Researchers investigate the ongoing failure to monitor and prevent risks to seabirds posed by the offshore oil industry in Newfoundland and Labrador. This ground-breaking work will be of interest to policy-makers, biologists, environmentalists and oil industry stakeholders.
Two highly motivated academics – Professors Gail Fraser, in the Faculty of Environmental Studies at York University, and Angela Carter, a political scientist at the University of Waterloo – joined forces to press for changes in the offshore oil industry after their study showed that a lack of regulatory action places seabirds’ lives at risk due to their attraction to lighting on oil rigs.
“Our study underscores pressing problems with the environmental governance structure of Newfoundland’s offshore oil industry,” said Fraser. The two researchers make suggestions for change, including the introduction of light deflectors.
This work was funded by the Social Sciences and Humanities Research Council (SSHRC) and published in Ocean Yearbook (2018).
Seabirds face many threats
Seabirds encounter numerous threats to their existence. In Newfoundland, on the Grand Banks, offshore oil production began over two decades ago. This area supports one of the most diverse and abundant seabird communities in the world – an estimated 40-million birds comprising 20 species, according to the Canadian Wildlife Service.
Who is supposed to be protecting these birds?
Environmental regulation is a complicated matter that involves regulations, legislation and intergovernmental relationships. There are two key players:
- Environment Canada (EC), which oversees regulation of the Migratory Bird Convention Act (1994); and
- The Canada-Newfoundland and Labrador Offshore Petroleum Board (C-NLOPB), an arms-length (from government) regulator that enforces environmental compliance.
A memorandum of understanding (MOU) between the C-NLOPB and EC was created to maintain roles and responsibilities, and to enable cooperation. In this document, EC was to provide advice on migratory birds.
Study focuses on the mitigation of seabird light attraction
In their study, Fraser and Carter examined the regulatory framework to monitor and mitigate the risks of seabird light attraction in Newfoundland. The duo looked at two sources of artificial lighting from offshore oil platforms: continuous lighting necessary for the operation of the rig, and irregularly occurring gas flaring.
They focused on Leach’s storm petrels, local birds that are attracted to light – a fact that was established over a century ago. Brightly lit offshore platforms can attract petrels, which then become disoriented and crash into the platforms or fly into gas flares on moonless or foggy nights. (In 1999, a reporter visiting the Hibernia oil platform likened the birds to Icarus flying too close to the sun.)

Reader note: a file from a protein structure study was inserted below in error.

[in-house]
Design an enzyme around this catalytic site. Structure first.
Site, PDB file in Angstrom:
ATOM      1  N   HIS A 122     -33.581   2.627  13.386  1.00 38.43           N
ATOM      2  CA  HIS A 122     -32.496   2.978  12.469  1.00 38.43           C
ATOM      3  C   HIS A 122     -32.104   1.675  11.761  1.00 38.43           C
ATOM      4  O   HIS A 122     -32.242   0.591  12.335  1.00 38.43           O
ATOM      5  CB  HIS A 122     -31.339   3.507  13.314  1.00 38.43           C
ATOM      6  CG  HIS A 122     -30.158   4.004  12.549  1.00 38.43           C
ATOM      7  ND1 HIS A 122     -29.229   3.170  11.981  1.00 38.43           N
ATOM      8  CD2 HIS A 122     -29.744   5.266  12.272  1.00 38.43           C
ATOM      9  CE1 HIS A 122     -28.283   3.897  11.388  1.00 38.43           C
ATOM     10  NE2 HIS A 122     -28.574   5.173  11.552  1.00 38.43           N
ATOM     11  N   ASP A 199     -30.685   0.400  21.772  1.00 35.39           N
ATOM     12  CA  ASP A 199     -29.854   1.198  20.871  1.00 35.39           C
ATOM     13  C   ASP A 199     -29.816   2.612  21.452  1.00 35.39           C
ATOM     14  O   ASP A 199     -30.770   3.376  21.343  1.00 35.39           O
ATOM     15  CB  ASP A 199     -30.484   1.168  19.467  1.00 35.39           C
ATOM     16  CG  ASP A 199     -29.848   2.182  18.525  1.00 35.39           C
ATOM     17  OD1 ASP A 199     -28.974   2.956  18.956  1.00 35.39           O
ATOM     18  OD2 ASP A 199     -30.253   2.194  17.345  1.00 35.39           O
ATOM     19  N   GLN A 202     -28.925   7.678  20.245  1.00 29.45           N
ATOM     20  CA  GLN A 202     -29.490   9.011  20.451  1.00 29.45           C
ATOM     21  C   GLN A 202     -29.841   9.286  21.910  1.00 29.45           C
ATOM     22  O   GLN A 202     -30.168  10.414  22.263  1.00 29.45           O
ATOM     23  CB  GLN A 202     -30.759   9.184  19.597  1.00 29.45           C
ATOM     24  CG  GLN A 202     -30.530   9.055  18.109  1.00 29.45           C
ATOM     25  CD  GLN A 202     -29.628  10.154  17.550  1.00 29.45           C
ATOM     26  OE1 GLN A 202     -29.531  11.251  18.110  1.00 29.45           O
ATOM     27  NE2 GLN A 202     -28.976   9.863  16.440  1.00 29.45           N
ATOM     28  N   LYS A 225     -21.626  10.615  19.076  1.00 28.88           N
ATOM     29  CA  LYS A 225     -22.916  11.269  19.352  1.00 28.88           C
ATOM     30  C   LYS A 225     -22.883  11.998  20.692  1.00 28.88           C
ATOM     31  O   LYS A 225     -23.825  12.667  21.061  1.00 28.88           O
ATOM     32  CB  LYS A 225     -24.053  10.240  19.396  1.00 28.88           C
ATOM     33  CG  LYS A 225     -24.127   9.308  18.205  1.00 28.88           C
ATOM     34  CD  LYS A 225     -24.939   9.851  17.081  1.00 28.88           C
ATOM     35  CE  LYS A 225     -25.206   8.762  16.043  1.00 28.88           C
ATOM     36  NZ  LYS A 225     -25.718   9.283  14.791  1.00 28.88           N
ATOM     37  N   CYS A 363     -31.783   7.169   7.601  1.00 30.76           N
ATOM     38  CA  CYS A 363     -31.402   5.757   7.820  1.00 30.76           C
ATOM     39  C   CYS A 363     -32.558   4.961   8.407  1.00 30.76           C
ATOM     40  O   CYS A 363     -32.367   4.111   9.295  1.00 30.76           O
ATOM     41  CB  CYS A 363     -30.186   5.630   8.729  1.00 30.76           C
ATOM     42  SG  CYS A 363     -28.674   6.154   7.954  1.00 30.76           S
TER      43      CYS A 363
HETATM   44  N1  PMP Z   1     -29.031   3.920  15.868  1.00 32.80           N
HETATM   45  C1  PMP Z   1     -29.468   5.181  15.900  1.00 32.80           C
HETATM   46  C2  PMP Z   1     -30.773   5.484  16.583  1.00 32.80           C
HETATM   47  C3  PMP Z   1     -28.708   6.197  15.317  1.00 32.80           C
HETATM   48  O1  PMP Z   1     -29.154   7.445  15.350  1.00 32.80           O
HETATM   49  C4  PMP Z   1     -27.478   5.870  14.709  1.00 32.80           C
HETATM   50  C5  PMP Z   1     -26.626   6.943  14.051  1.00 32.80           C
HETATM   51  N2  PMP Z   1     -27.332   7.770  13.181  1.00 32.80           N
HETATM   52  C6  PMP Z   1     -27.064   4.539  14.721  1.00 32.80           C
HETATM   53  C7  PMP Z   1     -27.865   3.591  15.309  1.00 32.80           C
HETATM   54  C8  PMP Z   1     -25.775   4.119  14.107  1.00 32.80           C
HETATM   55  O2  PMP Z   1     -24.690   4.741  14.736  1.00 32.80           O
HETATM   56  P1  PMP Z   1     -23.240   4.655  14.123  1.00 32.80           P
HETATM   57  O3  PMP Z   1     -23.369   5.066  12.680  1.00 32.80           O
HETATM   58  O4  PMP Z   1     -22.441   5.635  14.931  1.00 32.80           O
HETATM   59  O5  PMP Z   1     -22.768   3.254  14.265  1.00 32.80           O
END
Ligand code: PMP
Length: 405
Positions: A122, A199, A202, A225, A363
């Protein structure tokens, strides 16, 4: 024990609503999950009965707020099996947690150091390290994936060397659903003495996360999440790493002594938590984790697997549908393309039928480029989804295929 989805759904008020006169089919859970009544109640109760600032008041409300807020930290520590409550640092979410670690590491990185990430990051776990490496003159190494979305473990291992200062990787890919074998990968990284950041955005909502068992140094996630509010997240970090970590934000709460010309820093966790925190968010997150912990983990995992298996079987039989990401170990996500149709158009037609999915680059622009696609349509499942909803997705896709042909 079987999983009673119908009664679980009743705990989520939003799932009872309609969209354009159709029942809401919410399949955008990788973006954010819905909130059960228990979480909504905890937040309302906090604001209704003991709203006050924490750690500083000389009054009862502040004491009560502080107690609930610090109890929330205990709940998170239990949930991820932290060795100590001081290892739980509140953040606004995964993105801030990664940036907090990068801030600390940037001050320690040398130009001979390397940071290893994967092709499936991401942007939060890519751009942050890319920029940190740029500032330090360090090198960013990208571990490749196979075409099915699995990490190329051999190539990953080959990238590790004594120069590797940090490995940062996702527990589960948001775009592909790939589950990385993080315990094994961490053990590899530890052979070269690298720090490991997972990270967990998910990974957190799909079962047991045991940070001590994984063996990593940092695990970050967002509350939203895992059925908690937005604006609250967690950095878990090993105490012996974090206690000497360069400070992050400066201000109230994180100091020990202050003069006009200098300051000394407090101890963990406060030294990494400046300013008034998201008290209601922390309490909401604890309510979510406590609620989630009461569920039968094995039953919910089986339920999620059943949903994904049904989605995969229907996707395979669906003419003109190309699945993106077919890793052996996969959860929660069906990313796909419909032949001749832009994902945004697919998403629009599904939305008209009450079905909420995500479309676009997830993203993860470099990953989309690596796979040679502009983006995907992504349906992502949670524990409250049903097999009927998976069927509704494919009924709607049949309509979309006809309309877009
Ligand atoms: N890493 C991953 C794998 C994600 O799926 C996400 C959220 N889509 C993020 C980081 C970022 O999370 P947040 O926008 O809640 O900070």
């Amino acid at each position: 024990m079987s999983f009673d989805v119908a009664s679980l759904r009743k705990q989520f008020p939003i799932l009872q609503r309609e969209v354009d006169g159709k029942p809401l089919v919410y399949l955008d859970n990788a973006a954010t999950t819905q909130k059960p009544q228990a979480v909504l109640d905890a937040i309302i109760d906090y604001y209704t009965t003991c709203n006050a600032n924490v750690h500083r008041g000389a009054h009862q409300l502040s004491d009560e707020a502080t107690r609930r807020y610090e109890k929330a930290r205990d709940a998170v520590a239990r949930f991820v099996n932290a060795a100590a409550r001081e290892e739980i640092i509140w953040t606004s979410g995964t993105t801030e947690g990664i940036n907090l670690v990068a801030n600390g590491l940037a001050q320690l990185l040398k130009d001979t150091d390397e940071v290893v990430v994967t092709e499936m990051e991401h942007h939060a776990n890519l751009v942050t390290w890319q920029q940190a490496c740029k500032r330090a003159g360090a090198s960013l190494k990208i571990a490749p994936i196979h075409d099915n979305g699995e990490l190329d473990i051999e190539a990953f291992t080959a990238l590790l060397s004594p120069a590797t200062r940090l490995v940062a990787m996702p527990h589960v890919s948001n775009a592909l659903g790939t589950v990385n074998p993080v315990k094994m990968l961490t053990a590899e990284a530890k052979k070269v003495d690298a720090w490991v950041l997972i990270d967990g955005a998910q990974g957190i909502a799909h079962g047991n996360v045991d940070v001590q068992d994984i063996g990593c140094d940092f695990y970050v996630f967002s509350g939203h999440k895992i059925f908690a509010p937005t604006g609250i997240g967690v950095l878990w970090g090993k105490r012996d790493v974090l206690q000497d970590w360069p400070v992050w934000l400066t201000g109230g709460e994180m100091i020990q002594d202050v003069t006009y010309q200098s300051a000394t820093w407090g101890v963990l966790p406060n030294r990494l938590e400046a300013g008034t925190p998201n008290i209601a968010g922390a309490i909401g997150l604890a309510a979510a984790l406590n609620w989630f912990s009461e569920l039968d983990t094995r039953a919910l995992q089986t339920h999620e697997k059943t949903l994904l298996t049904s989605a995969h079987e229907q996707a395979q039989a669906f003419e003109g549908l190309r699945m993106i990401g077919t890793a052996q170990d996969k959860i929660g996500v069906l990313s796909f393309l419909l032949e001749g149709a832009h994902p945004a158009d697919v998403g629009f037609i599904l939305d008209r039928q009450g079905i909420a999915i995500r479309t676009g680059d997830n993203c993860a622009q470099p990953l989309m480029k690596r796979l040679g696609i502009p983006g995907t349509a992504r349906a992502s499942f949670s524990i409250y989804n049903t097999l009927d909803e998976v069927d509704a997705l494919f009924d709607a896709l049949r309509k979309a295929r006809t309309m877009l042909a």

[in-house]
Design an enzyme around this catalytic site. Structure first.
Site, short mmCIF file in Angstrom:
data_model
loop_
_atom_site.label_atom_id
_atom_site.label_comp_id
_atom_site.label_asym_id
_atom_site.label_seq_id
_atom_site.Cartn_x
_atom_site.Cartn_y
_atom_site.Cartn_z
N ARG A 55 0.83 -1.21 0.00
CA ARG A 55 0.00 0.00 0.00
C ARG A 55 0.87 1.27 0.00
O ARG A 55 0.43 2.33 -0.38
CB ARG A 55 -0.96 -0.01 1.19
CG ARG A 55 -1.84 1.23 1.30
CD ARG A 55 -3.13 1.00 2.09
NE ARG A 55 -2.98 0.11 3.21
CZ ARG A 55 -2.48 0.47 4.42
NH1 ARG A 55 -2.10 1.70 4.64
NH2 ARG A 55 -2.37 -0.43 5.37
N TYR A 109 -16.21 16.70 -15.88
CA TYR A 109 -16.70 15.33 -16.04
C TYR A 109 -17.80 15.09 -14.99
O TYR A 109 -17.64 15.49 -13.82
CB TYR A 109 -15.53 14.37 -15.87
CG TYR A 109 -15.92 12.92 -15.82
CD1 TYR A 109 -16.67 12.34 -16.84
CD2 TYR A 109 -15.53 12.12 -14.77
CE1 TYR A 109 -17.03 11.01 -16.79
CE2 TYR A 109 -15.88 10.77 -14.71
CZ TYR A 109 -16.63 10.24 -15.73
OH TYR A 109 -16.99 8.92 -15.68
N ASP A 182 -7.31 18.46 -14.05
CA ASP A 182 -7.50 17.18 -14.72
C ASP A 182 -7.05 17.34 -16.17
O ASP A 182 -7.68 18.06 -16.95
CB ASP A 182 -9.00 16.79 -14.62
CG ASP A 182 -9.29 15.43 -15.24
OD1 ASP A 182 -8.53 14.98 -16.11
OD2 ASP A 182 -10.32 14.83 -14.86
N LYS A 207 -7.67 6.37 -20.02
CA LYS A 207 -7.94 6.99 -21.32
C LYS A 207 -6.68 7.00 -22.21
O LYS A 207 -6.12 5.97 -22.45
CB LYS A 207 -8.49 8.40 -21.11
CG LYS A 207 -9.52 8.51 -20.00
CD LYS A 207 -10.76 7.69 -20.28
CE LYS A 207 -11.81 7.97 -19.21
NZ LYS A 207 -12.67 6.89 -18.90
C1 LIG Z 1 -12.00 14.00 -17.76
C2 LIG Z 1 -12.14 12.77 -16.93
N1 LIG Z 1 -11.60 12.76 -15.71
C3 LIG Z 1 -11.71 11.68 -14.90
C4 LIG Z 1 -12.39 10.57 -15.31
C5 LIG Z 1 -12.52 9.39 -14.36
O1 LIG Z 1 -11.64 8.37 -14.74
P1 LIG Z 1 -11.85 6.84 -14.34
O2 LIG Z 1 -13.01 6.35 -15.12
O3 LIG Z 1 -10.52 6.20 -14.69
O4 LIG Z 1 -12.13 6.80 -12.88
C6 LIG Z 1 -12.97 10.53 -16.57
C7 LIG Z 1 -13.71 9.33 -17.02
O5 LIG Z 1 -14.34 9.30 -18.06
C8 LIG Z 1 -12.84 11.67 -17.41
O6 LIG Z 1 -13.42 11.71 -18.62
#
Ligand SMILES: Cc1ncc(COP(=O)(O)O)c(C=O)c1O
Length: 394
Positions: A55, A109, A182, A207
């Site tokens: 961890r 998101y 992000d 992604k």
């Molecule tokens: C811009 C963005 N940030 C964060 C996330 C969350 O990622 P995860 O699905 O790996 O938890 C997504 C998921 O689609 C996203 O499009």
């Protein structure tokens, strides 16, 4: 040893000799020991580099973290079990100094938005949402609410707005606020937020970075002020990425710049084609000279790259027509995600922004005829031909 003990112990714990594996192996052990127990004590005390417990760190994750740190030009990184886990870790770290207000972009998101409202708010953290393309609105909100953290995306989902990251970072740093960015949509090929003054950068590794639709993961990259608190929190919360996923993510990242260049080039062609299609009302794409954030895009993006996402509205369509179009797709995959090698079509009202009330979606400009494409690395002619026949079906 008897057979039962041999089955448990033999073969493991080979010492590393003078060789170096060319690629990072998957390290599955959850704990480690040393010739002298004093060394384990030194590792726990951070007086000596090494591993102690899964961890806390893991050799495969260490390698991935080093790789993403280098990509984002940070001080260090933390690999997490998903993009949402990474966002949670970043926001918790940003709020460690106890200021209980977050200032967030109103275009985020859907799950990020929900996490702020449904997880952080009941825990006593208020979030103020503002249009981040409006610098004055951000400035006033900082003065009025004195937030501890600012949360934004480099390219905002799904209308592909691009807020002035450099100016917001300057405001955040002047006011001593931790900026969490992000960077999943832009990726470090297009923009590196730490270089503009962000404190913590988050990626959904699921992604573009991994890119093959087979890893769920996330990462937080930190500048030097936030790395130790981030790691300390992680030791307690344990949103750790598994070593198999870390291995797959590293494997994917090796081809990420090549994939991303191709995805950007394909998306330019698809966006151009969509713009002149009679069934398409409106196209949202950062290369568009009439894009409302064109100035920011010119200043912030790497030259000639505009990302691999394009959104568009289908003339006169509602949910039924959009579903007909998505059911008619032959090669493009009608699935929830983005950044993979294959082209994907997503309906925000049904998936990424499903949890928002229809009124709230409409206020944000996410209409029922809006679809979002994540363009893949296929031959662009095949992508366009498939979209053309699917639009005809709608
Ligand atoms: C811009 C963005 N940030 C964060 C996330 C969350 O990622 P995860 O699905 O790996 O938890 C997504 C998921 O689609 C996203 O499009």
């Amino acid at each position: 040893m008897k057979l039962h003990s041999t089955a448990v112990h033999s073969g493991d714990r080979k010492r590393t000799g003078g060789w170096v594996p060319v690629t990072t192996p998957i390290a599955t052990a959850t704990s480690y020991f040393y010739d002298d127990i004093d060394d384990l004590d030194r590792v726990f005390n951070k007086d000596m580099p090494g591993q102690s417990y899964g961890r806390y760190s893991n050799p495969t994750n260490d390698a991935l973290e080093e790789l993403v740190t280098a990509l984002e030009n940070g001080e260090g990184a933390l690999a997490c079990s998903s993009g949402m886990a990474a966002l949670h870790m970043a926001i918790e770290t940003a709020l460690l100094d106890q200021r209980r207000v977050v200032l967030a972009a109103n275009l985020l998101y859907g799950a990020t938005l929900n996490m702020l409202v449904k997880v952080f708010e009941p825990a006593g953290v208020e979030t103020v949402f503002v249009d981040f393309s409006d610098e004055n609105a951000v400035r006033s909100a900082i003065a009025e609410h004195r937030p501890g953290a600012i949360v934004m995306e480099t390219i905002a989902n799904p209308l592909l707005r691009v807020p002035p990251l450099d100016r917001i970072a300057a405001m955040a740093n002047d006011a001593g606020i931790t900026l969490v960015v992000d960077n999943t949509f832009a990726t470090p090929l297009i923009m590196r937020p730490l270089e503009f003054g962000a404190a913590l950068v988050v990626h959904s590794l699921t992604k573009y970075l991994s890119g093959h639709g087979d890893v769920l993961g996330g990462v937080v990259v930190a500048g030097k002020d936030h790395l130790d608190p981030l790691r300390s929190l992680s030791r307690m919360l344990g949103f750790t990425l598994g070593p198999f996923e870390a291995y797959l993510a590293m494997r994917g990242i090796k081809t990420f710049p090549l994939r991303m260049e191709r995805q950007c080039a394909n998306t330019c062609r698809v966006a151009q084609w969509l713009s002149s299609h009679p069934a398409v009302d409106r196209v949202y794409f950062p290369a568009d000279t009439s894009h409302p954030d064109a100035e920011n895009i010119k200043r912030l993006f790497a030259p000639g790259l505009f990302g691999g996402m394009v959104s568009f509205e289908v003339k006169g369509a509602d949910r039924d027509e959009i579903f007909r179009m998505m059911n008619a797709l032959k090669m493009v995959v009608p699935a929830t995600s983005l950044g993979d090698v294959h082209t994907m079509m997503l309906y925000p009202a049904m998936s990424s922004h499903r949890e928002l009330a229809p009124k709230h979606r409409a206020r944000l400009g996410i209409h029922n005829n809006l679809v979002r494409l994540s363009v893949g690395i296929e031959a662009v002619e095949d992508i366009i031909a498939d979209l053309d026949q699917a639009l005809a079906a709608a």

Although seabird light attraction is well known, it is not well studied. The recent decline in Leach’s storm petrels in Newfoundland is also not well studied. It is still unknown how significant light attraction is to this population decline. (A “petrel wreck” is when flocks of storm petrels are attracted to light at night. See photograph below.) Fraser and Carter’s research adds to the literature by investigating why this issue has not been systematically addressed in the offshore oil regulations in Newfoundland, where the storm petrels are abundant.
Environment Canada’s concerns went unaddressed
In their research, Fraser and Carter traced EC’s comments throughout the environmental assessment process. “Environment Canada’s concerns in the environmental assessment process is important and it allowed an assessment of the MOU,” Fraser explained. EC also assisted in the development of a protocol allowing oil operators to pick up stranded seabirds on their platforms. It required the operators to report to EC on the number and species of dead birds collected per day (or night), and weather for each incident.
EC stressed that pairing information on the weather with information on the number of birds found on a platform on a particular night, over time, could help to understand the phenomenon of light attraction.
The duo next examined operators’ protocol reports for birds found on three production platforms from 2000-11, one of them being Terra Nova (above). They concluded that the operators were not fully following the protocol. Further, “the operators were not following a systematic approach to their data collection, and this prevented any serious investigation of seabird attraction to artificial light,” Fraser said.
This research brings to light the failure of the MOU between EC and the oil regulator. EC had repeatedly expressed concern about seabird light attraction, and yet the C-NLOPB failed to resolve this concern.
Pressing need for new regulatory structure
The researchers emphasize the need for accountability and action. “There’s a glaring lack of consistent scientific monitoring and independent oversight,” said Fraser. “A new regulatory structure is required, one that can ensure environmental review and protection that is independent from industry interests.”
She also suggested that operators undertake a more robust monitoring program and immediate mitigation efforts such as adopting light deflectors – an idea that was put forth by EC more than two decades ago.
To read the full report, visit the website. To learn more about Fraser, visit her faculty profile page. To see a related article, visit CBC News. To read more about the International Ocean Institute, visit the website. To learn more about the Marine and Environmental Law Institute, visit the website.
By Megan Mueller, senior manager, research communications, Office of the Vice-President Research and Innovation, York University, email@example.com